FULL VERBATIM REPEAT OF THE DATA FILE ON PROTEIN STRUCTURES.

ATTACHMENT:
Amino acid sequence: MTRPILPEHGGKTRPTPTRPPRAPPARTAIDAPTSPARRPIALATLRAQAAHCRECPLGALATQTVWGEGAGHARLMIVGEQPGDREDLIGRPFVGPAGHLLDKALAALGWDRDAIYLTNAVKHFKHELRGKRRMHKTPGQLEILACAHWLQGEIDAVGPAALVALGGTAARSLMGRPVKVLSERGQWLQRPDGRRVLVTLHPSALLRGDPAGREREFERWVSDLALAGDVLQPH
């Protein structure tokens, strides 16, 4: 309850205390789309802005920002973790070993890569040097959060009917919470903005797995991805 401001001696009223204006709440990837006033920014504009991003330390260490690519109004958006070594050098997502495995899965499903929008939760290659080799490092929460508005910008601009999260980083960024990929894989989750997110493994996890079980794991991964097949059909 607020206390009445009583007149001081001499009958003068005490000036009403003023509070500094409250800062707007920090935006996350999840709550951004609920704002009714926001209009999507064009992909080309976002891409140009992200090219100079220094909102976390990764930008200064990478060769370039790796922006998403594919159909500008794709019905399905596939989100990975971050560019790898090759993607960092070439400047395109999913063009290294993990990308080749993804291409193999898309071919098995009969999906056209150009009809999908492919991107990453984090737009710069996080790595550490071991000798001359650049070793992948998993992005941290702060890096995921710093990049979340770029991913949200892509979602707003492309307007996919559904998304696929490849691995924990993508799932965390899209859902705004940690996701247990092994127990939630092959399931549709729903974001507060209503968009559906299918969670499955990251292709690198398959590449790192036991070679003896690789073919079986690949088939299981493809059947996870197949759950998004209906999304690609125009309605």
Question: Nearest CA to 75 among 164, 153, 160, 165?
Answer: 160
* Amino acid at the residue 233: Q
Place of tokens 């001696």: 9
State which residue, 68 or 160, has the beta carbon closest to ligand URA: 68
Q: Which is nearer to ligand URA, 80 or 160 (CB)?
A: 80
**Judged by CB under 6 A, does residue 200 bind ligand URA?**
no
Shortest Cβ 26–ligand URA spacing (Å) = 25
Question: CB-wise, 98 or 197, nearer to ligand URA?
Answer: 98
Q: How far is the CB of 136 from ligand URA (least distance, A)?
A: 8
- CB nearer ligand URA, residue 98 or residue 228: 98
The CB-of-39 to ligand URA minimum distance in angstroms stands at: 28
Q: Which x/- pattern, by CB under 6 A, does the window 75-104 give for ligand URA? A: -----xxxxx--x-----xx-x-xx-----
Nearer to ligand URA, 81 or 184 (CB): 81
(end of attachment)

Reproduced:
Amino acid sequence: MTRPILPEHGGKTRPTPTRPPRAPPARTAIDAPTSPARRPIALATLRAQAAHCRECPLGALATQTVWGEGAGHARLMIVGEQPGDREDLIGRPFVGPAGHLLDKALAALGWDRDAIYLTNAVKHFKHELRGKRRMHKTPGQLEILACAHWLQGEIDAVGPAALVALGGTAARSLMGRPVKVLSERGQWLQRPDGRRVLVTLHPSALLRGDPAGREREFERWVSDLALAGDVLQPH
């Protein structure tokens, strides 16, 4: 309850205390789309802005920002973790070993890569040097959060009917919470903005797995991805 401001001696009223204006709440990837006033920014504009991003330390260490690519109004958006070594050098997502495995899965499903929008939760290659080799490092929460508005910008601009999260980083960024990929894989989750997110493994996890079980794991991964097949059909 607020206390009445009583007149001081001499009958003068005490000036009403003023509070500094409250800062707007920090935006996350999840709550951004609920704002009714926001209009999507064009992909080309976002891409140009992200090219100079220094909102976390990764930008200064990478060769370039790796922006998403594919159909500008794709019905399905596939989100990975971050560019790898090759993607960092070439400047395109999913063009290294993990990308080749993804291409193999898309071919098995009969999906056209150009009809999908492919991107990453984090737009710069996080790595550490071991000798001359650049070793992948998993992005941290702060890096995921710093990049979340770029991913949200892509979602707003492309307007996919559904998304696929490849691995924990993508799932965390899209859902705004940690996701247990092994127990939630092959399931549709729903974001507060209503968009559906299918969670499955990251292709690198398959590449790192036991070679003896690789073919079986690949088939299981493809059947996870197949759950998004209906999304690609125009309605």
Question: Nearest CA to 75 among 164, 153, 160, 165?
Answer: 160
* Amino acid at the residue 233: Q
Place of tokens 């001696």: 9
State which residue, 68 or 160, has the beta carbon closest to ligand URA: 68
Q: Which is nearer to ligand URA, 80 or 160 (CB)?
A: 80
**Judged by CB under 6 A, does residue 200 bind ligand URA?**
no
Shortest Cβ 26–ligand URA spacing (Å) = 25
Question: CB-wise, 98 or 197, nearer to ligand URA?
Answer: 98
Q: How far is the CB of 136 from ligand URA (least distance, A)?
A: 8
- CB nearer ligand URA, residue 98 or residue 228: 98
The CB-of-39 to ligand URA minimum distance in angstroms stands at: 28
Q: Which x/- pattern, by CB under 6 A, does the window 75-104 give for ligand URA? A: -----xxxxx--x-----xx-x-xx-----
Nearer to ligand URA, 81 or 184 (CB): 81